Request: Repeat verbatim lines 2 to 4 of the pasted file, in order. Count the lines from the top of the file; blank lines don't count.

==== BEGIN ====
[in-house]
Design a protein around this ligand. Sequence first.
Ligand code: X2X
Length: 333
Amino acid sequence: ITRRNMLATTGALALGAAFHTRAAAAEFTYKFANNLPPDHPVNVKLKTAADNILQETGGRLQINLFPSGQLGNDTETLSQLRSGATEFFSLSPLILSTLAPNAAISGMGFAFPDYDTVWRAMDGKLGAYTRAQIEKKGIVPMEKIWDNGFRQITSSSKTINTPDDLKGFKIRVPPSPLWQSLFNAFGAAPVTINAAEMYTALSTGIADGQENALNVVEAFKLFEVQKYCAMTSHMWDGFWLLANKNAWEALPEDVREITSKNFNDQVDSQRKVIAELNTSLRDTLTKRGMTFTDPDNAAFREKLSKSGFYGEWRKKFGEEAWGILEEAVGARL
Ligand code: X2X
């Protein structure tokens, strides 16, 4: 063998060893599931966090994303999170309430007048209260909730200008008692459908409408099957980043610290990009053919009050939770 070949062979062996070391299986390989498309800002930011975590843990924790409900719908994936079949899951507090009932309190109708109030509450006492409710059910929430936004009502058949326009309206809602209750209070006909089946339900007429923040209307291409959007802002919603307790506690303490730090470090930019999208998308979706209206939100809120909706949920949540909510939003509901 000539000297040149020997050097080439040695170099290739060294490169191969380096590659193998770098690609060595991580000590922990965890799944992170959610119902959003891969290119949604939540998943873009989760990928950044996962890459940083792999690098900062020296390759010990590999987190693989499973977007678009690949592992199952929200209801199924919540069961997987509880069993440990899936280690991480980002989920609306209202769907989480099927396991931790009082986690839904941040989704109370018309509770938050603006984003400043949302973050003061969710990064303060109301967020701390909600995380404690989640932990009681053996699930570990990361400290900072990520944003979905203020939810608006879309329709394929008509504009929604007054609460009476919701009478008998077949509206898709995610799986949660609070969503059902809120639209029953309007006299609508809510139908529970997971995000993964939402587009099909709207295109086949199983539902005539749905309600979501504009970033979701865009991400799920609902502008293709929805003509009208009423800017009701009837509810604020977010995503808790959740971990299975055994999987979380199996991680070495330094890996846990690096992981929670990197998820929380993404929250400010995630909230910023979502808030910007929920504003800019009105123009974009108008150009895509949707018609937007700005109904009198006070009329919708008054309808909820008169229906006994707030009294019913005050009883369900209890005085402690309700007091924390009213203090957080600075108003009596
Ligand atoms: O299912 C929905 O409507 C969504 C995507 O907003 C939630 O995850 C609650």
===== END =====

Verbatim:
Design a protein around this ligand. Sequence first.
Ligand code: X2X
Length: 333